So I either talk theology or I taught policy but I’m only talking policy in a very pragmatic hands-on way. I engage with issues relative to the places where they come up because that is a mandate within those communities. Female imama is not yet a universal issue of concern but people think that I prioritise what the media tends to focus on and once again it means that they lose. They’re focused on the issues that make greater headlines and takfir makes a lot of headlines. I am literally blacklisted from communities. I don’t get an invitation in the confessional and communities in my own African American community. It’s a tender spot for me because again, working at intersections, I’m very conscientious about my intersecting identities and I would love to feel that my most natural home is among other African-American Muslims.


Image credit: Glen Halog (CC BY-NC 2.0)

The reality is however that my most natural form is among Muslim women of colour globally. I travel a lot and every time I am reconfirmed in what I consider to be the freedom of being a Muslim among many Muslims – not necessarily exactly like anyone else – but at the same time sharing something, whatever that something might be called with all Muslims, especially Muslim women. And so I that’s my focus.

I believe that the negation of a negative does not equal a positive. If you switch to address your attention to the negative, you will be negating the opposition eternally and you will never go forward.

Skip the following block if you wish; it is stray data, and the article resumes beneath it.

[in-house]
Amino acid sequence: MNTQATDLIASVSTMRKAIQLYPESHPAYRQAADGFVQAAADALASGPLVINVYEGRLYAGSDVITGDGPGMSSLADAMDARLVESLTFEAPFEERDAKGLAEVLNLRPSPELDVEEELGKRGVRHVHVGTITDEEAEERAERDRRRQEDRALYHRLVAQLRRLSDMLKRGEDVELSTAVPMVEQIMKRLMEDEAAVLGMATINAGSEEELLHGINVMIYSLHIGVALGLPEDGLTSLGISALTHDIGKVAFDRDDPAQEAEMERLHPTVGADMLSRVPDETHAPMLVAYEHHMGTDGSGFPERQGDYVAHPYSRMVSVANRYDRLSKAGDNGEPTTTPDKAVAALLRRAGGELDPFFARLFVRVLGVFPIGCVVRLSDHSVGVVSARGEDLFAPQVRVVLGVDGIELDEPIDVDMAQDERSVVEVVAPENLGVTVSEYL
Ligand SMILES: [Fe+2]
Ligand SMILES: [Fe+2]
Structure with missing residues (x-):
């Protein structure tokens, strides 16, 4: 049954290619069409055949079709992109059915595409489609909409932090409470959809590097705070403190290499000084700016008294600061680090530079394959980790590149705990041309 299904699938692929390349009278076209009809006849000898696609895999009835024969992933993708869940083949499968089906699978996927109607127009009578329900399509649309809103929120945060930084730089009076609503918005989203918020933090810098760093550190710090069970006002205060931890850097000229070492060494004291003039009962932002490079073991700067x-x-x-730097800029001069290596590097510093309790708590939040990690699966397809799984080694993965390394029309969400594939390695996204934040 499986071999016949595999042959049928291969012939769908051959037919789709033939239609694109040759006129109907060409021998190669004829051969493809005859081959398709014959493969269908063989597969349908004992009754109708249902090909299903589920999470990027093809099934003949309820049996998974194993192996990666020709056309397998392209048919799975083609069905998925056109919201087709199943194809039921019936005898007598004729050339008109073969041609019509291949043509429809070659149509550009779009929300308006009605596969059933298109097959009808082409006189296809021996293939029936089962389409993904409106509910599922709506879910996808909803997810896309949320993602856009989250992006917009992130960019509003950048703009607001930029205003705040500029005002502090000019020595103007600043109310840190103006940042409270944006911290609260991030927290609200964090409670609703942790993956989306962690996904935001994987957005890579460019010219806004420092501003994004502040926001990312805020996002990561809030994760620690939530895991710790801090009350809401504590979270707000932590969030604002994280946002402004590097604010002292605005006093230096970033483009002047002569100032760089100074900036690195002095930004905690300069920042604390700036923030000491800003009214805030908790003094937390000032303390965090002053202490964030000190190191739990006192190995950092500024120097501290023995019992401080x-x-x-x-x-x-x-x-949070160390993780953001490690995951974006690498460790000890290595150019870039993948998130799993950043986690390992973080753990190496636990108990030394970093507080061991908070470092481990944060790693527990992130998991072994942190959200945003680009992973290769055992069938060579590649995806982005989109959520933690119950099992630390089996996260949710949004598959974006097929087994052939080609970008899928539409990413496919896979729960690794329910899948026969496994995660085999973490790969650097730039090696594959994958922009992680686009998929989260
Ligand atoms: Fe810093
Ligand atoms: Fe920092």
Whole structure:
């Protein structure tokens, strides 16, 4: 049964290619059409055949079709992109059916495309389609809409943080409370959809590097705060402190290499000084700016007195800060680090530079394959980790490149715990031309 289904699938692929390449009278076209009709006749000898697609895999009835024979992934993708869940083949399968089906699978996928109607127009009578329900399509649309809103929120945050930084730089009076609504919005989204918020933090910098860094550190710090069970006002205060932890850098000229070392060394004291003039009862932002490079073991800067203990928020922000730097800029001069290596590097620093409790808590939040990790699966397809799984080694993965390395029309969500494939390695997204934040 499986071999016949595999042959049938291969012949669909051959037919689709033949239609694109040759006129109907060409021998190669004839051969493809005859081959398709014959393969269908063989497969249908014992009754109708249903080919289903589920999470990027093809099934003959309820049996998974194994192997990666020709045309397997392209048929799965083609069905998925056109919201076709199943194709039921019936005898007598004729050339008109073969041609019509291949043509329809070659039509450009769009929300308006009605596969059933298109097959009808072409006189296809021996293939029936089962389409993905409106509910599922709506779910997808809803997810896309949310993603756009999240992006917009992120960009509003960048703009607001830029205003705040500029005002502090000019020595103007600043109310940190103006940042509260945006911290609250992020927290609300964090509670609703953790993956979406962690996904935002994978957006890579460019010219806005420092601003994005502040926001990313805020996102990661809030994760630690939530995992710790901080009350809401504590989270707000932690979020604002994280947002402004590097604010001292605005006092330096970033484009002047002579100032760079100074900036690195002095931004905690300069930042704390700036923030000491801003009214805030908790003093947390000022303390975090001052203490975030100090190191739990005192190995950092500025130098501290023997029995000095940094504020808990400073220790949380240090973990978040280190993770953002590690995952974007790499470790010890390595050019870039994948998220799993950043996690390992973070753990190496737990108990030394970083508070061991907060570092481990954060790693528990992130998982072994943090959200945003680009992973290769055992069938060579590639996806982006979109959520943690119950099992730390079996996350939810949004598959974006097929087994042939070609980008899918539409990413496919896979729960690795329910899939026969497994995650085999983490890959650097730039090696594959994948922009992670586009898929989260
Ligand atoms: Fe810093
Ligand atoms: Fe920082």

VoS: Well some people are never going to be willing to engage. I suppose you carry on and do what you do and maybe some people who have maybe changed their minds. In the meantime, you work with the women that you can do valuable things with.

AW: My feeling is whatever it is that people use to allow them to not critically engage is a major problem for our community which we need to try and work out because ours is one of the most intense intellectual traditions ever. And yet we come to our current community and the laziness with which we actually engage is just such a disappointment. I’m still studying! I don’t understand how we have such a rigorously intellectual tradition and such lazy reactionary kinds of responses!

VoS: Well in the UK, Islamic education is encouraged but there wouldn’t be an engagement or challenging or discussion around different issues. It would be include a pre-set kind of curriculum. You generally wouldn’t be able to step outside certain boundaries or think or question.